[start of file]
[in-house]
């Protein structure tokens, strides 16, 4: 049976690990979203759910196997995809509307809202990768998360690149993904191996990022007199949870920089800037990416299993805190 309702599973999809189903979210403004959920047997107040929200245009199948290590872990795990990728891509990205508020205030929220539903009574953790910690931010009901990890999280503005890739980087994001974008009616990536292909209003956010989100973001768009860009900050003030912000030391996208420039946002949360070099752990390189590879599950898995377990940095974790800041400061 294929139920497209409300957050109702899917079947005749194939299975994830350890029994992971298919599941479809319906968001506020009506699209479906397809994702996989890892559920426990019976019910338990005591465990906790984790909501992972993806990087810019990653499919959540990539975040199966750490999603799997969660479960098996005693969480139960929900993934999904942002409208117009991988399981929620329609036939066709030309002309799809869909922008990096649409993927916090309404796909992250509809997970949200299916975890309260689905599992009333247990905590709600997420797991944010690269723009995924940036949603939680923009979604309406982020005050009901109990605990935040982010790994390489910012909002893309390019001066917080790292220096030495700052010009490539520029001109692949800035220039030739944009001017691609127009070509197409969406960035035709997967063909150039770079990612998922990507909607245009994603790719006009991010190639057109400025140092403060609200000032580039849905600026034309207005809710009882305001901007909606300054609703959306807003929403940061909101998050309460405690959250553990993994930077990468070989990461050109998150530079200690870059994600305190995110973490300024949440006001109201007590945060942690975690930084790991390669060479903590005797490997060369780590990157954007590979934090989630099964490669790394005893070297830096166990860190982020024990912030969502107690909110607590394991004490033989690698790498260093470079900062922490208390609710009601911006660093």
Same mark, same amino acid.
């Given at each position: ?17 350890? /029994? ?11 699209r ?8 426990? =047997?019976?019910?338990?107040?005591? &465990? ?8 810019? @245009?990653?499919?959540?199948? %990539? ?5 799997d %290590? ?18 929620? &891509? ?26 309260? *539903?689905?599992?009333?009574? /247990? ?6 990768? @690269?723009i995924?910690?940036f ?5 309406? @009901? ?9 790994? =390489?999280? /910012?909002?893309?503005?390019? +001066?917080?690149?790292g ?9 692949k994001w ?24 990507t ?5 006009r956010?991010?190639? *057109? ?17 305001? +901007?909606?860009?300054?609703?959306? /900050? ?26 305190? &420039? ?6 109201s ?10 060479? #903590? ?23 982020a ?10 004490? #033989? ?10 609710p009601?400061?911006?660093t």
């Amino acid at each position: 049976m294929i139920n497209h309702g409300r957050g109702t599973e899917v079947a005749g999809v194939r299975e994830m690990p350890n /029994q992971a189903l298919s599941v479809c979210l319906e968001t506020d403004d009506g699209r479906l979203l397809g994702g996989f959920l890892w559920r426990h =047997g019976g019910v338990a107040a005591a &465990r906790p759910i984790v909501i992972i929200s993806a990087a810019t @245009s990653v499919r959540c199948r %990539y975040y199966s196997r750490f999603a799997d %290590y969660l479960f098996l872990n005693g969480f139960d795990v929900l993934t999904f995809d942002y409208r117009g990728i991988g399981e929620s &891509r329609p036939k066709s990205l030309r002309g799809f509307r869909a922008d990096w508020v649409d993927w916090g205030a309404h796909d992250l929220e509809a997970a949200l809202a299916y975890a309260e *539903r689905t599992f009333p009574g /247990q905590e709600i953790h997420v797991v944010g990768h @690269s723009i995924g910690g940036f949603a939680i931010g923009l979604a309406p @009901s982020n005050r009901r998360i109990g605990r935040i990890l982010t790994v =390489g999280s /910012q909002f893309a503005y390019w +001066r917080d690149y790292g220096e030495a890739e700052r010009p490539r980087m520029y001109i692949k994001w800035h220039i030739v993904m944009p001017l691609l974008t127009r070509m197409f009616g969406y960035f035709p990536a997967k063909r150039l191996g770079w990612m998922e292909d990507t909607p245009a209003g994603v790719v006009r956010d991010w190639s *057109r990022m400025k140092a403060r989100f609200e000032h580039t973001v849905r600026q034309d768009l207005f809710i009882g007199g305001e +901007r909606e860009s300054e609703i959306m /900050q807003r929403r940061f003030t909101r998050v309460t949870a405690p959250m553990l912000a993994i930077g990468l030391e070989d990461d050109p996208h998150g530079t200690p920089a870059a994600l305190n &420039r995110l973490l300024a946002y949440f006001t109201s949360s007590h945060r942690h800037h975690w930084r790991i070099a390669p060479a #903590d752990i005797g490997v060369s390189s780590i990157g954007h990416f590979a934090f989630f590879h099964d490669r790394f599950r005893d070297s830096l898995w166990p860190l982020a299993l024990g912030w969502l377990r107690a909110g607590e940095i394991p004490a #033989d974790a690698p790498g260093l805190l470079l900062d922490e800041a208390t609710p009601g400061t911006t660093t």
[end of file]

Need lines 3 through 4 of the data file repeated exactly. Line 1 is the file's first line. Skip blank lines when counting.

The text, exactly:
Same mark, same amino acid.
């Given at each position: ?17 350890? /029994? ?11 699209r ?8 426990? =047997?019976?019910?338990?107040?005591? &465990? ?8 810019? @245009?990653?499919?959540?199948? %990539? ?5 799997d %290590? ?18 929620? &891509? ?26 309260? *539903?689905?599992?009333?009574? /247990? ?6 990768? @690269?723009i995924?910690?940036f ?5 309406? @009901? ?9 790994? =390489?999280? /910012?909002?893309?503005?390019? +001066?917080?690149?790292g ?9 692949k994001w ?24 990507t ?5 006009r956010?991010?190639? *057109? ?17 305001? +901007?909606?860009?300054?609703?959306? /900050? ?26 305190? &420039? ?6 109201s ?10 060479? #903590? ?23 982020a ?10 004490? #033989? ?10 609710p009601?400061?911006?660093t």